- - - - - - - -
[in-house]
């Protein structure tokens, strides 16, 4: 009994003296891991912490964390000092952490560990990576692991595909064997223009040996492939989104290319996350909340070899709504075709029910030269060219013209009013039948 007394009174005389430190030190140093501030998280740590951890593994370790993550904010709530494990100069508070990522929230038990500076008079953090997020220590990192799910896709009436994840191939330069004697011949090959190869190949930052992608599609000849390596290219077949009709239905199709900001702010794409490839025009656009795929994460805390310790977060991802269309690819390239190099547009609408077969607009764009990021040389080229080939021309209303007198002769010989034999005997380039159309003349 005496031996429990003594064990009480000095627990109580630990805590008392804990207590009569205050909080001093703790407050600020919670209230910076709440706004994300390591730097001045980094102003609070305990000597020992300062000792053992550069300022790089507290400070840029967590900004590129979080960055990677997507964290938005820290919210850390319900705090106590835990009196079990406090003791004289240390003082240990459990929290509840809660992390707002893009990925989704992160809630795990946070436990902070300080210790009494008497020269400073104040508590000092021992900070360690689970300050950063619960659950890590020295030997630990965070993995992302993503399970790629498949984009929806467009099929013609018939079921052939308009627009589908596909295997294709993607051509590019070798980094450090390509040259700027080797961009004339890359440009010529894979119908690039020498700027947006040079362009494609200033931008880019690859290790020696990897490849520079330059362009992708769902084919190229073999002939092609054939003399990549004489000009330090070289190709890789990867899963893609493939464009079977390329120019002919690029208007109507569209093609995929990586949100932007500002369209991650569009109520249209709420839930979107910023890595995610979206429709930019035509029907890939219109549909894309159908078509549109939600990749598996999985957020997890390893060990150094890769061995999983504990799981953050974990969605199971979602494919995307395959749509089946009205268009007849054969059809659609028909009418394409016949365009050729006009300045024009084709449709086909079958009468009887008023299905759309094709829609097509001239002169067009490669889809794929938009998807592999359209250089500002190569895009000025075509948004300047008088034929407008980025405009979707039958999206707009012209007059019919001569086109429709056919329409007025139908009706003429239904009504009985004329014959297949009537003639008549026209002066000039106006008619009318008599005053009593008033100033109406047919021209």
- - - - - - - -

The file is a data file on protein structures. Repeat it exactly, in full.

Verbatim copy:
[in-house]
């Protein structure tokens, strides 16, 4: 009994003296891991912490964390000092952490560990990576692991595909064997223009040996492939989104290319996350909340070899709504075709029910030269060219013209009013039948 007394009174005389430190030190140093501030998280740590951890593994370790993550904010709530494990100069508070990522929230038990500076008079953090997020220590990192799910896709009436994840191939330069004697011949090959190869190949930052992608599609000849390596290219077949009709239905199709900001702010794409490839025009656009795929994460805390310790977060991802269309690819390239190099547009609408077969607009764009990021040389080229080939021309209303007198002769010989034999005997380039159309003349 005496031996429990003594064990009480000095627990109580630990805590008392804990207590009569205050909080001093703790407050600020919670209230910076709440706004994300390591730097001045980094102003609070305990000597020992300062000792053992550069300022790089507290400070840029967590900004590129979080960055990677997507964290938005820290919210850390319900705090106590835990009196079990406090003791004289240390003082240990459990929290509840809660992390707002893009990925989704992160809630795990946070436990902070300080210790009494008497020269400073104040508590000092021992900070360690689970300050950063619960659950890590020295030997630990965070993995992302993503399970790629498949984009929806467009099929013609018939079921052939308009627009589908596909295997294709993607051509590019070798980094450090390509040259700027080797961009004339890359440009010529894979119908690039020498700027947006040079362009494609200033931008880019690859290790020696990897490849520079330059362009992708769902084919190229073999002939092609054939003399990549004489000009330090070289190709890789990867899963893609493939464009079977390329120019002919690029208007109507569209093609995929990586949100932007500002369209991650569009109520249209709420839930979107910023890595995610979206429709930019035509029907890939219109549909894309159908078509549109939600990749598996999985957020997890390893060990150094890769061995999983504990799981953050974990969605199971979602494919995307395959749509089946009205268009007849054969059809659609028909009418394409016949365009050729006009300045024009084709449709086909079958009468009887008023299905759309094709829609097509001239002169067009490669889809794929938009998807592999359209250089500002190569895009000025075509948004300047008088034929407008980025405009979707039958999206707009012209007059019919001569086109429709056919329409007025139908009706003429239904009504009985004329014959297949009537003639008549026209002066000039106006008619009318008599005053009593008033100033109406047919021209």